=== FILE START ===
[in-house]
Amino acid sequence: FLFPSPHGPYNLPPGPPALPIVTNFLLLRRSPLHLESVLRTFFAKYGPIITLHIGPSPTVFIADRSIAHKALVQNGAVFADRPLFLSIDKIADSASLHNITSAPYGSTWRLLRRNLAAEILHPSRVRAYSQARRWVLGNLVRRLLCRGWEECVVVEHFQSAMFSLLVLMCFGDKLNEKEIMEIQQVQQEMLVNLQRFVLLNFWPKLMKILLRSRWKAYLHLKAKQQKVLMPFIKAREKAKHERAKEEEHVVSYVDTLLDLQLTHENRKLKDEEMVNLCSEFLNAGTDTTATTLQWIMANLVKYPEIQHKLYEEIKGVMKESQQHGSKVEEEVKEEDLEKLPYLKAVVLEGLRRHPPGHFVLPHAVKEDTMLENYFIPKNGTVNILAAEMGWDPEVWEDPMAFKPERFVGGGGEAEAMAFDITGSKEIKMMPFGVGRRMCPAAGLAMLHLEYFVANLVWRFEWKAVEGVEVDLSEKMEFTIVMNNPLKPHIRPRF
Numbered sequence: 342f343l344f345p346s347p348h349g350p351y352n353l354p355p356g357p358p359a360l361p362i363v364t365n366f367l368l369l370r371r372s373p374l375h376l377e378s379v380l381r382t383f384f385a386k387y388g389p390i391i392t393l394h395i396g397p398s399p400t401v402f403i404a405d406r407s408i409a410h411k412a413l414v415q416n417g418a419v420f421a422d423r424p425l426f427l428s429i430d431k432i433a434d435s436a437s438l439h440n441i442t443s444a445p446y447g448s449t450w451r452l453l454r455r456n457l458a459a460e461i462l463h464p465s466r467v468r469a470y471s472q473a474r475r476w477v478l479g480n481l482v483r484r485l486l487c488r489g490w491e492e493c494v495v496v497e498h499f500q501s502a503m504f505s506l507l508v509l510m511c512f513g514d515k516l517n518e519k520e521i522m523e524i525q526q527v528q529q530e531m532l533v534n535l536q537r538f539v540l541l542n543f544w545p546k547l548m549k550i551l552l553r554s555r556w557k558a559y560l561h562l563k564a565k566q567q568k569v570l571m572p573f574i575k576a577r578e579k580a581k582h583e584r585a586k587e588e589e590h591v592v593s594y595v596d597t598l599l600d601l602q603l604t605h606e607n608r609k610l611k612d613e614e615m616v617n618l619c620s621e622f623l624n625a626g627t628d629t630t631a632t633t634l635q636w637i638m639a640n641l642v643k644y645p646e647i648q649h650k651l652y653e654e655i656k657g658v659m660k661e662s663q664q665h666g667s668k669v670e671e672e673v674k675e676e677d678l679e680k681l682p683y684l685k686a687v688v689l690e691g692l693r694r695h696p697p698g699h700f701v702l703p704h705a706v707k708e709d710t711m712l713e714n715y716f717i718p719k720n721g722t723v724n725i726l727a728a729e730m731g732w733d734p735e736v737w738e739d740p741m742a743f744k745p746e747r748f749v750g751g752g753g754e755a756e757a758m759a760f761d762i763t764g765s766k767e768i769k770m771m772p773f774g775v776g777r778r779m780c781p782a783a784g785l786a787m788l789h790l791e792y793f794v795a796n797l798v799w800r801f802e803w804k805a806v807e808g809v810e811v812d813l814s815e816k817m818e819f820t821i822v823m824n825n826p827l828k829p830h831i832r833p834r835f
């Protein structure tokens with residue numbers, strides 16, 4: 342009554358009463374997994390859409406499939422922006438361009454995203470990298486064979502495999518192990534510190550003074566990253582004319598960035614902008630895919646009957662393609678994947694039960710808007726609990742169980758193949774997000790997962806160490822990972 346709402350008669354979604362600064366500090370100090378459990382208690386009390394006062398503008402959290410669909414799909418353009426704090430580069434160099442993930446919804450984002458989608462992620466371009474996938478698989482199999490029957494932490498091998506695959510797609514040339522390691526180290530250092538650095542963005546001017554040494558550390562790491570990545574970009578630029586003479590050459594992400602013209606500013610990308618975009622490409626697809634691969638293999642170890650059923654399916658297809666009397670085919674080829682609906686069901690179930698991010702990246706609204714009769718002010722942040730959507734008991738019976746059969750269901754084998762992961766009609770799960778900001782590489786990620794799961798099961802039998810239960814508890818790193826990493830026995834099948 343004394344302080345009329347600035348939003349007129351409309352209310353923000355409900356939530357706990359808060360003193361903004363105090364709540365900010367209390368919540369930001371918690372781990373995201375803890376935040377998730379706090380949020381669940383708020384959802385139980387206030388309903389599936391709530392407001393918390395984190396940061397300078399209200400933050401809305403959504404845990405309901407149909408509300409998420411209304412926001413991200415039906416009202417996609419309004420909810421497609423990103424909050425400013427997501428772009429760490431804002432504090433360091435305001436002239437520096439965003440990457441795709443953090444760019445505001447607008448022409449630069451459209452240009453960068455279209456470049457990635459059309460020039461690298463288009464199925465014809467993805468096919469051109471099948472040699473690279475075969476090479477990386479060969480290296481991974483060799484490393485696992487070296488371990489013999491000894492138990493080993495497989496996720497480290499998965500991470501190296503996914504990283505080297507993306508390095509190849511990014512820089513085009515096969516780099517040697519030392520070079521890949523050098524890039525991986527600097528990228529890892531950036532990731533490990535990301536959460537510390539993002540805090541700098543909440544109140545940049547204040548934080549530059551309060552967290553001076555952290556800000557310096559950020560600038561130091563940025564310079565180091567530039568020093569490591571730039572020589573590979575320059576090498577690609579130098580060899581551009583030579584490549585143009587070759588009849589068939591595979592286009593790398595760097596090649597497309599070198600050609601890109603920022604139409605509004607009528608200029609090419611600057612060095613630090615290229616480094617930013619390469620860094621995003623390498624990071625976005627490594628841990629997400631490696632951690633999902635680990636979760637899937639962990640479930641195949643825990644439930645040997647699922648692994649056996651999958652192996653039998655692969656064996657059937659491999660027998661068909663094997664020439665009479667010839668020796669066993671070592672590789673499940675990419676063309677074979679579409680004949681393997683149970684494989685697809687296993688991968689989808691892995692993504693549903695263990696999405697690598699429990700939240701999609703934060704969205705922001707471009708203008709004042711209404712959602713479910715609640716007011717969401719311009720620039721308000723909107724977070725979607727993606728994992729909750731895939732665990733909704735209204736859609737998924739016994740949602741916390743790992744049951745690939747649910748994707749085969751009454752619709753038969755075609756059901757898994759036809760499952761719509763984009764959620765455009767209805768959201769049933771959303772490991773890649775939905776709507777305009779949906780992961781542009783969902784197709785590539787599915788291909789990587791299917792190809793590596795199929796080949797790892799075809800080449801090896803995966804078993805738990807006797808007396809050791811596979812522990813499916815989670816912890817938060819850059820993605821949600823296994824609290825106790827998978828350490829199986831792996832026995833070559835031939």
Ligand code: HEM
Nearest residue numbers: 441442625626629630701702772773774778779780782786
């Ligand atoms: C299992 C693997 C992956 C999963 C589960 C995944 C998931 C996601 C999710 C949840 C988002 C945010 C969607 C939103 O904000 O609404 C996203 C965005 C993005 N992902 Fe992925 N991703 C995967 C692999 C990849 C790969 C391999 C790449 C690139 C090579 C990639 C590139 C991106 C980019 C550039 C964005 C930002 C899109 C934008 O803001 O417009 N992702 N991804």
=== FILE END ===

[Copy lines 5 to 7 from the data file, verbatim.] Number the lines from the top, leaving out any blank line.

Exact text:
Ligand code: HEM
Nearest residue numbers: 441442625626629630701702772773774778779780782786
């Ligand atoms: C299992 C693997 C992956 C999963 C589960 C995944 C998931 C996601 C999710 C949840 C988002 C945010 C969607 C939103 O904000 O609404 C996203 C965005 C993005 N992902 Fe992925 N991703 C995967 C692999 C990849 C790969 C391999 C790449 C690139 C090579 C990639 C590139 C991106 C980019 C550039 C964005 C930002 C899109 C934008 O803001 O417009 N992702 N991804």